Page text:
Carbon tax plan risks worst of both worlds: 'Too little to reduce emissions, enough to annoy people'
4 Oct 2019
Friends of the Earth sets out three failures and three tests on carbon tax
Friends of the Earth has warned that reported plans for a small increase carbon tax in Tuesday's Budget risk being ineffective or even counterproductive.
Commenting on media reporting that a planned increase in the carbon tax of between €5 and €7 euro a tonne, about a 2c increase in a litre of petrol, has been agreed between Fianna Fáil and Fine Gael, Friends of the Earth Director, Oisín Coghlan said:
"A carbon tax increase that amounts to 2 cent on a litre of petrol would be too little to change behaviour but enough to annoy people. "The key element for public acceptance of a increasing carbon tax is securing public trust that it will be done fairly and effectively, and the Government has so far failed to the leg work to achieve that".
Friends of the Earth highlighted 3 critical failures in the Government's approach so far, and set out 3 tests for the Budget on Tuesday
The three failures pointed out by the environmental justice organization are:
- a failure to engage in meaningful dialogue with groups representing the interests of those vulnerable to the impact of the tax, such as the Society of St Vincent de Paul (SVP) and Irish Rural Link.
- a failure to produce the review of energy poverty requested by all-party Oireachtas Committee on Climate Action in March.
- the glaring contradiction between encouraging big business to import or explore for new gas while telling consumers they are going to be increasingly taxed for using fossil fuels.
Oisin Coghlan continued:
"It's very hard to champion a tax increase for consumers of fossil fuels while the Government continues to encourage producers of fossil fuels to import fracked gas from the US or explore for new gas in Irish waters. "It's like raising the tax on cigarettes while subsidizing Marlboro to build a factory here."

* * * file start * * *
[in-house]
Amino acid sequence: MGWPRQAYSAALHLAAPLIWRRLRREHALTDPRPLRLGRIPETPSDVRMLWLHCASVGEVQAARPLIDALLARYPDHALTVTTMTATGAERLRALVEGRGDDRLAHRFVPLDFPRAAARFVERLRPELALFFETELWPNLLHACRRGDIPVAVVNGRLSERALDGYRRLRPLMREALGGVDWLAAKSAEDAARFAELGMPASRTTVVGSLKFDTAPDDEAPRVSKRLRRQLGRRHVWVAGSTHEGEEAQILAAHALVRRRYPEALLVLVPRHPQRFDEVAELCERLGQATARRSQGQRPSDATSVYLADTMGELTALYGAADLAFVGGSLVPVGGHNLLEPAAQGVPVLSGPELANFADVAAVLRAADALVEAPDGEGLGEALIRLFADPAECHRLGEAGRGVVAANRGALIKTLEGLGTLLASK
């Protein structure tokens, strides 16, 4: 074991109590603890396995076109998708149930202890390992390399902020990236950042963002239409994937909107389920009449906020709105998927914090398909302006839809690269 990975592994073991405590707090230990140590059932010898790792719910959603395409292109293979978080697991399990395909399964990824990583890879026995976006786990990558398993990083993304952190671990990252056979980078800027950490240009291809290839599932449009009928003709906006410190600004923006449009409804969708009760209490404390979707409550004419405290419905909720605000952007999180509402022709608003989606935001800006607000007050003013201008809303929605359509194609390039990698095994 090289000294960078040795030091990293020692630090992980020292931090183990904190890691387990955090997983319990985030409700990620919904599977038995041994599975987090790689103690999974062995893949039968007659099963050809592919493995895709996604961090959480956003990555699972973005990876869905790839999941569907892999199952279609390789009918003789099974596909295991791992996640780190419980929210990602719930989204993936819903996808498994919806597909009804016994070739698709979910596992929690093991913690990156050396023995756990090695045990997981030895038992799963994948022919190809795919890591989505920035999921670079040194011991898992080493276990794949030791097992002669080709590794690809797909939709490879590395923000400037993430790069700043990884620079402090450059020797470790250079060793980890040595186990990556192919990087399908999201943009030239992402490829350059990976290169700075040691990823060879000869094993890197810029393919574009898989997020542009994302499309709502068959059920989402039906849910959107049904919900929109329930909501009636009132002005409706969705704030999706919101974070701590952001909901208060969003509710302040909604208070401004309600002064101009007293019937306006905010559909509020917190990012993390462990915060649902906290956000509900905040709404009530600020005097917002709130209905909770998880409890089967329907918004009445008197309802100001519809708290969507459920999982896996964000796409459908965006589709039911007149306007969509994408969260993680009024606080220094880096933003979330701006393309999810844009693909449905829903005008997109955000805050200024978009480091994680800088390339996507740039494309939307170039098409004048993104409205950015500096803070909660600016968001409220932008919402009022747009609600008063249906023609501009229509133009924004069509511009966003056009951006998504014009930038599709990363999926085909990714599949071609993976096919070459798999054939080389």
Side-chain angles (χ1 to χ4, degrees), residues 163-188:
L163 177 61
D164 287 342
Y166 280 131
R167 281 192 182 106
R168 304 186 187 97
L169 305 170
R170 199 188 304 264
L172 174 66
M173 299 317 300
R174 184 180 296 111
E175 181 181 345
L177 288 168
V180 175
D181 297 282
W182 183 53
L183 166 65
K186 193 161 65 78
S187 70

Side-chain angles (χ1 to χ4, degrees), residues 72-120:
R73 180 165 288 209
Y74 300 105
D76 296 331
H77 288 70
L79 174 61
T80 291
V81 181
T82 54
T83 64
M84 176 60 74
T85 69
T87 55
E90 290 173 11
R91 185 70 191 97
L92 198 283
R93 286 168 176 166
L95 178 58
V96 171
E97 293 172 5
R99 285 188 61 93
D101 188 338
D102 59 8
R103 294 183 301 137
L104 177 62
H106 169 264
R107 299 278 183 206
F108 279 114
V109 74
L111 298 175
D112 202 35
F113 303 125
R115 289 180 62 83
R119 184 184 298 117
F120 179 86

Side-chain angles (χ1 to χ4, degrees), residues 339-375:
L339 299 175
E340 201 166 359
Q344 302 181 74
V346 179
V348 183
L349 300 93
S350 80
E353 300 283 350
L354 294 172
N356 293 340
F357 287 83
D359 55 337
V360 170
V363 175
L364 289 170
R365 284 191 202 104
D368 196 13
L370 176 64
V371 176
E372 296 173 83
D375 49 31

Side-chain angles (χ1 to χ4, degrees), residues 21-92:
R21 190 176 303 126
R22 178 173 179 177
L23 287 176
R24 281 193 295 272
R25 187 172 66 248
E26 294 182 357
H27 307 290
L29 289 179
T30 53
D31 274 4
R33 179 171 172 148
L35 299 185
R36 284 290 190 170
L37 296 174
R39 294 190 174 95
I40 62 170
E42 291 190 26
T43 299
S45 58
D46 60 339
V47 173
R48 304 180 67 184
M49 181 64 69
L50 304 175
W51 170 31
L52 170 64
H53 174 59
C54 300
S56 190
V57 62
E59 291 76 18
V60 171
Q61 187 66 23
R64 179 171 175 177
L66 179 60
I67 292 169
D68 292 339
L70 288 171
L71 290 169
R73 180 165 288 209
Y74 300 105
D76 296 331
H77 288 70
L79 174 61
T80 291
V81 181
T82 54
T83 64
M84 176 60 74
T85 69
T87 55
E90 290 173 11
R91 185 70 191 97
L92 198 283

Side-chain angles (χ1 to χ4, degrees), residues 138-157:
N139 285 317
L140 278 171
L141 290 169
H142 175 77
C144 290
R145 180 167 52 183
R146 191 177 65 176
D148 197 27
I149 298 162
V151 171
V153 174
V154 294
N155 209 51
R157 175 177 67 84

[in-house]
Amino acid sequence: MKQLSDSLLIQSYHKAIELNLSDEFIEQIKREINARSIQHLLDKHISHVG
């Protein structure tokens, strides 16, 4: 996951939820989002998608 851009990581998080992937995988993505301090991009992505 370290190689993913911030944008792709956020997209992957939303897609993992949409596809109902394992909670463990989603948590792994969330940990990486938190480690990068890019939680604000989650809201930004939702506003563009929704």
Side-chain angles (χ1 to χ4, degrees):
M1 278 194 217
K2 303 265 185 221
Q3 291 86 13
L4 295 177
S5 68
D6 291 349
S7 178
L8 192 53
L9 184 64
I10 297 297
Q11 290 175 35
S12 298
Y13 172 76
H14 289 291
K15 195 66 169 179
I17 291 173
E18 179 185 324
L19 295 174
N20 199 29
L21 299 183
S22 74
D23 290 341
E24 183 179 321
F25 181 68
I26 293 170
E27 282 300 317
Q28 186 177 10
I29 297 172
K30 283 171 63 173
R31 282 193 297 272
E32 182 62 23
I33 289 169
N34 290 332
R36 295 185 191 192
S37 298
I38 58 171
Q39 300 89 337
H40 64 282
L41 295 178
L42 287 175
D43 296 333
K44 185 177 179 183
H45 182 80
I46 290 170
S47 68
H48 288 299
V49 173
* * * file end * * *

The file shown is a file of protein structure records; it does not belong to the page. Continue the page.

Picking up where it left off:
The three tests for the Minister on Budget Day are:
- Will the Government ring-fence all the money from the Carbon tax (about €600 million) for Just Transition and Climate Action, not just the €100 to €150 million from Tuesday's increase?
- Will the Government commit to meaningful dialogue with all stakeholders on how to ensure those vulnerable to the impact of the tax are protected and supported to reduce their dependence on fossil fuels.
- How will Government ensure the public trust that there will in fact be an incremental increase every year and that the next Government won't just change course next year? Will the Government commit to underpinning carbon tax policy in legislation in the same way the corporation tax policy is underpinned in legislation?
1) Last year Friends of the Earth called for the tax to be doubled to €40 a tonne with all the increase going straight back to taxpayers as "a cheque in the post" and all the existing revenue being ring-fenced for a Just Transition Fund. The Environmental Pillar has repeated that call this year.
2) The Stop Climate Chaos Coalition will publish detailed talking points on carbon tax in Budget 2020 on Monday.